Micropayments Seen Driving Paid Content

from the this-again? dept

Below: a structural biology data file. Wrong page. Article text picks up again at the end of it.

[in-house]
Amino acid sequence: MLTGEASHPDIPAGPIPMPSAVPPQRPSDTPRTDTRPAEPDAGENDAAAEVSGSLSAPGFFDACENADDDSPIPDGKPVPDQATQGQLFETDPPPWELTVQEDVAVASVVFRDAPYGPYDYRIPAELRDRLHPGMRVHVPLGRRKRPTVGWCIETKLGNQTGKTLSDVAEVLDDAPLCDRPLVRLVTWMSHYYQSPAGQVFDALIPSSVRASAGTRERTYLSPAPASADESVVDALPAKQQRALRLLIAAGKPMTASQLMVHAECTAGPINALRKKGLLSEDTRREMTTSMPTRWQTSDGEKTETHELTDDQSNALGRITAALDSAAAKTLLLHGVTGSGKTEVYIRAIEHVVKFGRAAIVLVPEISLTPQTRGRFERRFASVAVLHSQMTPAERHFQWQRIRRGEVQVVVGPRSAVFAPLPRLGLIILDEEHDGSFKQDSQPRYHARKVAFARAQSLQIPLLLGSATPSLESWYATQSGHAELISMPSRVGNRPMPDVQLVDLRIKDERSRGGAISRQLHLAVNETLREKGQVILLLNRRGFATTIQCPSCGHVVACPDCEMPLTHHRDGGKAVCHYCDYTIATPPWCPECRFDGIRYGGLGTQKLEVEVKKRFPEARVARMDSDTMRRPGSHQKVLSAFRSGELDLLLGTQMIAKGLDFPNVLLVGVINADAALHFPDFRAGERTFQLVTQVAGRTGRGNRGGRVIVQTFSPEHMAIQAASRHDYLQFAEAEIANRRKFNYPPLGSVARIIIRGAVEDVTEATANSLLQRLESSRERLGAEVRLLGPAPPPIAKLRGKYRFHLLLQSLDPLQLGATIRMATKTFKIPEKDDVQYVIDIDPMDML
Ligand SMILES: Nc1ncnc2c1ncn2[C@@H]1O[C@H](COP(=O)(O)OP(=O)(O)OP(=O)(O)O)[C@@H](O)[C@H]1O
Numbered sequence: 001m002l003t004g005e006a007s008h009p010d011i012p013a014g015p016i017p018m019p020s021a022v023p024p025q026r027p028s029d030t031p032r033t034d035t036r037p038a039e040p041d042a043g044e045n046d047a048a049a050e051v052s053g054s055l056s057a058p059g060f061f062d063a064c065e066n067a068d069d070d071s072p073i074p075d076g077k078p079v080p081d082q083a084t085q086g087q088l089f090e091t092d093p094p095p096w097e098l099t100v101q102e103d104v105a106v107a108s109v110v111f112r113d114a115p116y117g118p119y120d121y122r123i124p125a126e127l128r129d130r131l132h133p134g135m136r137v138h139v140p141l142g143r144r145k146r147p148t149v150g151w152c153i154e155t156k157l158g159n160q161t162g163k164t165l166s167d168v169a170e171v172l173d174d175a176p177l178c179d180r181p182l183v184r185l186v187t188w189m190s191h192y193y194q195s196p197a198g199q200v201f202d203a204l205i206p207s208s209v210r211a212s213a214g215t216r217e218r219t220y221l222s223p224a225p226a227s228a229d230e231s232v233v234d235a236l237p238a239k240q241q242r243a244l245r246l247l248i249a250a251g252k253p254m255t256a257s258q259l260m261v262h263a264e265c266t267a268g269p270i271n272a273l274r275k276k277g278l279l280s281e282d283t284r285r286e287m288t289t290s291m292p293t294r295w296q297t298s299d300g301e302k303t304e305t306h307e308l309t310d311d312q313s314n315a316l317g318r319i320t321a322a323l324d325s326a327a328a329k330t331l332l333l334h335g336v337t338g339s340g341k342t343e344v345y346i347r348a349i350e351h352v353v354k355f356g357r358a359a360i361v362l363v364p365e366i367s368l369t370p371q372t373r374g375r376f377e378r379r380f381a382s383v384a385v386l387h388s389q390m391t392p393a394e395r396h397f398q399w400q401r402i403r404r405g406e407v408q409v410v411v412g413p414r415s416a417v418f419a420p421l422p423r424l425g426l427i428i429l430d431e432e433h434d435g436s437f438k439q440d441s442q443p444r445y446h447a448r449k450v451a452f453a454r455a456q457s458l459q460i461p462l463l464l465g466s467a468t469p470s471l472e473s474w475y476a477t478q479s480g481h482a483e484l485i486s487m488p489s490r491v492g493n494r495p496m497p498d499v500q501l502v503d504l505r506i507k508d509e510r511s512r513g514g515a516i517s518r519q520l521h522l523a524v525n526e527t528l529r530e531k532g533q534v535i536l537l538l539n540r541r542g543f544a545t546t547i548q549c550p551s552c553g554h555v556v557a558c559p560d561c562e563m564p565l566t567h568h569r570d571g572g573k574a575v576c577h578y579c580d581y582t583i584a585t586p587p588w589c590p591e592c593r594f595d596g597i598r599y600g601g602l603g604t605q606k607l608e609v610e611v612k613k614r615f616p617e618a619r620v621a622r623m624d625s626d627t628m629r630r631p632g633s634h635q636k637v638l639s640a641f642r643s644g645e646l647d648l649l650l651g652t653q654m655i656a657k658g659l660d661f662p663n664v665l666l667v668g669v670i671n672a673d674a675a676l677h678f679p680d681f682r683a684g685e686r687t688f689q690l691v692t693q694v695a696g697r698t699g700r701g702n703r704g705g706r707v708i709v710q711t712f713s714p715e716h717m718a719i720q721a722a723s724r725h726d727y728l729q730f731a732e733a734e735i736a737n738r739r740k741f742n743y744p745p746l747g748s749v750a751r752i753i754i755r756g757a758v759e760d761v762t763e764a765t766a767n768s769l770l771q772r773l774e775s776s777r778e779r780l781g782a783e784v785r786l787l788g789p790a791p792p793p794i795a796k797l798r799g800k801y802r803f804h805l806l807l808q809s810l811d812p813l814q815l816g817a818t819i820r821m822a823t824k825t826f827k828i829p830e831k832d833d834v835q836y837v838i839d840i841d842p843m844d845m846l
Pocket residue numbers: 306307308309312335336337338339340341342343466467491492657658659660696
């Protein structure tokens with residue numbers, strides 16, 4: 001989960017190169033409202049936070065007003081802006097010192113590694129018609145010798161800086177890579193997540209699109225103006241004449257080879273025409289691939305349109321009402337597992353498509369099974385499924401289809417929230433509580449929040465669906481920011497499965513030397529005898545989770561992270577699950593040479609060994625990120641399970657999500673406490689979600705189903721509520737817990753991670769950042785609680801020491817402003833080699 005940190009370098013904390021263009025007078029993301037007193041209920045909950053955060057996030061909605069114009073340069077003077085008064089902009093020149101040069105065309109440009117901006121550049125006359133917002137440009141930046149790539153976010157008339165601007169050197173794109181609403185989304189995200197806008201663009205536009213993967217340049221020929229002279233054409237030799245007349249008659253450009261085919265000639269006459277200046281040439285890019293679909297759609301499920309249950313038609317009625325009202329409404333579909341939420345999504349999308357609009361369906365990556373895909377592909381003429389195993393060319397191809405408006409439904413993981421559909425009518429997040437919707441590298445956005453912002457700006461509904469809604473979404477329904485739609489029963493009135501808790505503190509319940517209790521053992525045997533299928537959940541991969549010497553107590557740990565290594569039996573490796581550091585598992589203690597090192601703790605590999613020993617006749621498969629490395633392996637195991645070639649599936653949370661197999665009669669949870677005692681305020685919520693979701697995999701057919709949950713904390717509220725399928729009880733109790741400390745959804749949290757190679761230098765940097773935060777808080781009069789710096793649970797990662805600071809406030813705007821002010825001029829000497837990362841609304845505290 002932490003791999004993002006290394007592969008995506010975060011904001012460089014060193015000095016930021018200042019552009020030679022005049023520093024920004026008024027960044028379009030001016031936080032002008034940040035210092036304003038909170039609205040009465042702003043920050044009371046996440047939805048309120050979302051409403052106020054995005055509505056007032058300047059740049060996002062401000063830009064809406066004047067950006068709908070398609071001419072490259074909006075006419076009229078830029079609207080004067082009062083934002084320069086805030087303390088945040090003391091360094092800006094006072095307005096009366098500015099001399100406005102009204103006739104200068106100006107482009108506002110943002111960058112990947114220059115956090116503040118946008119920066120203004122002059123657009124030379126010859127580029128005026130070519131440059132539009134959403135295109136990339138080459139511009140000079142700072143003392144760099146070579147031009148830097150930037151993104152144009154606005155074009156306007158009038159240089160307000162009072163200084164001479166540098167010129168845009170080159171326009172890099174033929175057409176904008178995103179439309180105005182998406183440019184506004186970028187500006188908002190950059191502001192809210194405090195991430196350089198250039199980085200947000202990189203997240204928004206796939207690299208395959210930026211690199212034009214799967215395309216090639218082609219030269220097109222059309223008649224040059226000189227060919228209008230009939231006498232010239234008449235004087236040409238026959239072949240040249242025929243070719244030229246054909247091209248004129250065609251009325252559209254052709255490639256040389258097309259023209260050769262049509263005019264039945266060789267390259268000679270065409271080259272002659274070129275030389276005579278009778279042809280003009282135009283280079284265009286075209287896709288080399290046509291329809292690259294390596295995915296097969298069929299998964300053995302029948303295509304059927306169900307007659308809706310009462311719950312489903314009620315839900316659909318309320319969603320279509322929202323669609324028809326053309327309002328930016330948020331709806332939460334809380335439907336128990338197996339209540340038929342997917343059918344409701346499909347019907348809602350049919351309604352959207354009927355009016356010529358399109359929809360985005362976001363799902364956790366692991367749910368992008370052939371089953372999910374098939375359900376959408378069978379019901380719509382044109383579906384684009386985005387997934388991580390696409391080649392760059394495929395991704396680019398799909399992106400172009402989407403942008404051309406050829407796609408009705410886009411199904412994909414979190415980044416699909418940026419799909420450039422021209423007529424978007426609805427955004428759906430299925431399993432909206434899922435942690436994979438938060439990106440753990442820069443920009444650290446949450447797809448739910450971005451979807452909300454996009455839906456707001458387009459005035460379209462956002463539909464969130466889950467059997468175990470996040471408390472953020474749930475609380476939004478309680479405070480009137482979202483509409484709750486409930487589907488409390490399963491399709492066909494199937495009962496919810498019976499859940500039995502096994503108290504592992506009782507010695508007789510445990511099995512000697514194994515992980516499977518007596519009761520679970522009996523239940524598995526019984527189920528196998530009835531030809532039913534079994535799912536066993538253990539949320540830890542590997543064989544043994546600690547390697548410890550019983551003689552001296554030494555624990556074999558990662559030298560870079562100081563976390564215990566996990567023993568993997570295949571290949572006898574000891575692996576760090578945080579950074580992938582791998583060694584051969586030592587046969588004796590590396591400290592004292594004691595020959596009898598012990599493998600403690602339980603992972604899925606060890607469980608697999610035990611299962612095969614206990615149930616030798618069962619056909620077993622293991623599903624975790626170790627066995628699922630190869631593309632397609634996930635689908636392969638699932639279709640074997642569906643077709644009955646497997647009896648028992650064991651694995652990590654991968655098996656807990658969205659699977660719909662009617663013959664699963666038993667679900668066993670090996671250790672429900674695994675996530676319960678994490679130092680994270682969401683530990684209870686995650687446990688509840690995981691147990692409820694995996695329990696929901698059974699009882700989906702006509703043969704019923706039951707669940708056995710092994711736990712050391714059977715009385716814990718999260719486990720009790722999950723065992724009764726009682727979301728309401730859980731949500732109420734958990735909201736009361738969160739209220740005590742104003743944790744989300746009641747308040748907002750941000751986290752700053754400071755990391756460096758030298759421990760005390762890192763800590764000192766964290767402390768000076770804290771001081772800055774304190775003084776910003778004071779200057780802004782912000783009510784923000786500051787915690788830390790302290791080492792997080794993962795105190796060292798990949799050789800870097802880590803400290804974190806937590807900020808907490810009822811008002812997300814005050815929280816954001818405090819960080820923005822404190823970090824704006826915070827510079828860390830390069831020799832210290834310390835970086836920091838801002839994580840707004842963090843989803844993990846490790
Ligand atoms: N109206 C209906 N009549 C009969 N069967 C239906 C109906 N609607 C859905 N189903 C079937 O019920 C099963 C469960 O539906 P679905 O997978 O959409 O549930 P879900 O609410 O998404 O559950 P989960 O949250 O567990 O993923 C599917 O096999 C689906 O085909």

After years and years of people talking about it, there’s some evidence that a few micropayment systems might be working. The article focuses on sports content, but brings up iTunes as an example that they’re trying to follow. Of course, I still think it’s a little early to consider iTunes a complete success, as the real test will be how well it does over time. However, it sounds like the people quoted in the article do understand the tradeoffs to micropayments. They know that the system has to be very user friendly, and they worry about alienating fans by charging too much. It really does become a question of where and how do you want to make money. If the sport is trying to attract more fans, blocking content behind paid subscriptions doesn’t seem like a very good idea. You will get some money out of loyal fans, but you could be cutting off a future supply of fans (and those future fans won’t go to games, won’t buy jerseys, hats, or other promotional items). For years, the real money in sports has not been in selling the content itself, but in selling things around the content. The games, themselves, really act as promotional items for other items, such as tickets, clothing, and (most importantly) eyeballs for advertisers. If micropayments cut down on the number of viewers, it’s going to make advertisers think twice, and it’s hard for me to believe that the aggregated content fees make up for the lost advertising revenue in the long run. On the other hand, paid-services that are directly targeted at the hard-core fan might make sense. That’s why things like online “fantasy” sports games are doing fairly well. They’re not cutting off new fans from the game itself, they’re providing a useful service (not content) that connects people to each other, and they’re building off the popularity of the “free” sport.

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